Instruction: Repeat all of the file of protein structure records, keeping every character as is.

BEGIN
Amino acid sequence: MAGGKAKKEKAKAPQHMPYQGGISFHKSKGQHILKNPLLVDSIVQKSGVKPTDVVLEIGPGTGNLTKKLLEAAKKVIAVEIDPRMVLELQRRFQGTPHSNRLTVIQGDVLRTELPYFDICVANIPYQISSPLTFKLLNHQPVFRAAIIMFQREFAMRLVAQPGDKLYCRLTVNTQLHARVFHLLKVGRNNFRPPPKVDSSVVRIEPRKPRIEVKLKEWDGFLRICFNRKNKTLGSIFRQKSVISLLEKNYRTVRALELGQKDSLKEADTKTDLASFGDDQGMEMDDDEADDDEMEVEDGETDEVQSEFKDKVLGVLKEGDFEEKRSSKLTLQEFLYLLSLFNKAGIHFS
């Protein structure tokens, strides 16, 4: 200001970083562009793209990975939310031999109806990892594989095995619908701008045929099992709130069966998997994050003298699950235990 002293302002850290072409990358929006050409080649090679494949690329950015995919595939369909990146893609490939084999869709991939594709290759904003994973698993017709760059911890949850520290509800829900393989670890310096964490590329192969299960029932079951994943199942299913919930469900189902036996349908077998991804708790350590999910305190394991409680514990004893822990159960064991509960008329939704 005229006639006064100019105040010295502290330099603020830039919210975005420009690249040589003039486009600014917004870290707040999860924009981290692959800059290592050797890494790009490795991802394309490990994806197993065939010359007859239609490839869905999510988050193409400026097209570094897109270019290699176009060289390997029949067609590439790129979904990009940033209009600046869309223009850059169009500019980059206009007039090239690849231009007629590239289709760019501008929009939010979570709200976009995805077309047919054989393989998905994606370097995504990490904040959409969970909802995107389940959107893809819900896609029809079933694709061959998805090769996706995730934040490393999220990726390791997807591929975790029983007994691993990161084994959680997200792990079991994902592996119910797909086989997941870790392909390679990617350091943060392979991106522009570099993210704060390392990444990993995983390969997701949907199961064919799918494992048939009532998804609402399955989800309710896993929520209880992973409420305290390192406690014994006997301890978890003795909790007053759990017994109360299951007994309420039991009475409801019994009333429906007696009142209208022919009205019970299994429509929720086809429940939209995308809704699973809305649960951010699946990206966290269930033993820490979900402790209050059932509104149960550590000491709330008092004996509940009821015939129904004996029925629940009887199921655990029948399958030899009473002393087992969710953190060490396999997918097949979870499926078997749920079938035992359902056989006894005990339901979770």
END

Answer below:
Amino acid sequence: MAGGKAKKEKAKAPQHMPYQGGISFHKSKGQHILKNPLLVDSIVQKSGVKPTDVVLEIGPGTGNLTKKLLEAAKKVIAVEIDPRMVLELQRRFQGTPHSNRLTVIQGDVLRTELPYFDICVANIPYQISSPLTFKLLNHQPVFRAAIIMFQREFAMRLVAQPGDKLYCRLTVNTQLHARVFHLLKVGRNNFRPPPKVDSSVVRIEPRKPRIEVKLKEWDGFLRICFNRKNKTLGSIFRQKSVISLLEKNYRTVRALELGQKDSLKEADTKTDLASFGDDQGMEMDDDEADDDEMEVEDGETDEVQSEFKDKVLGVLKEGDFEEKRSSKLTLQEFLYLLSLFNKAGIHFS
């Protein structure tokens, strides 16, 4: 200001970083562009793209990975939310031999109806990892594989095995619908701008045929099992709130069966998997994050003298699950235990 002293302002850290072409990358929006050409080649090679494949690329950015995919595939369909990146893609490939084999869709991939594709290759904003994973698993017709760059911890949850520290509800829900393989670890310096964490590329192969299960029932079951994943199942299913919930469900189902036996349908077998991804708790350590999910305190394991409680514990004893822990159960064991509960008329939704 005229006639006064100019105040010295502290330099603020830039919210975005420009690249040589003039486009600014917004870290707040999860924009981290692959800059290592050797890494790009490795991802394309490990994806197993065939010359007859239609490839869905999510988050193409400026097209570094897109270019290699176009060289390997029949067609590439790129979904990009940033209009600046869309223009850059169009500019980059206009007039090239690849231009007629590239289709760019501008929009939010979570709200976009995805077309047919054989393989998905994606370097995504990490904040959409969970909802995107389940959107893809819900896609029809079933694709061959998805090769996706995730934040490393999220990726390791997807591929975790029983007994691993990161084994959680997200792990079991994902592996119910797909086989997941870790392909390679990617350091943060392979991106522009570099993210704060390392990444990993995983390969997701949907199961064919799918494992048939009532998804609402399955989800309710896993929520209880992973409420305290390192406690014994006997301890978890003795909790007053759990017994109360299951007994309420039991009475409801019994009333429906007696009142209208022919009205019970299994429509929720086809429940939209995308809704699973809305649960951010699946990206966290269930033993820490979900402790209050059932509104149960550590000491709330008092004996509940009821015939129904004996029925629940009887199921655990029948399958030899009473002393087992969710953190060490396999997918097949979870499926078997749920079938035992359902056989006894005990339901979770």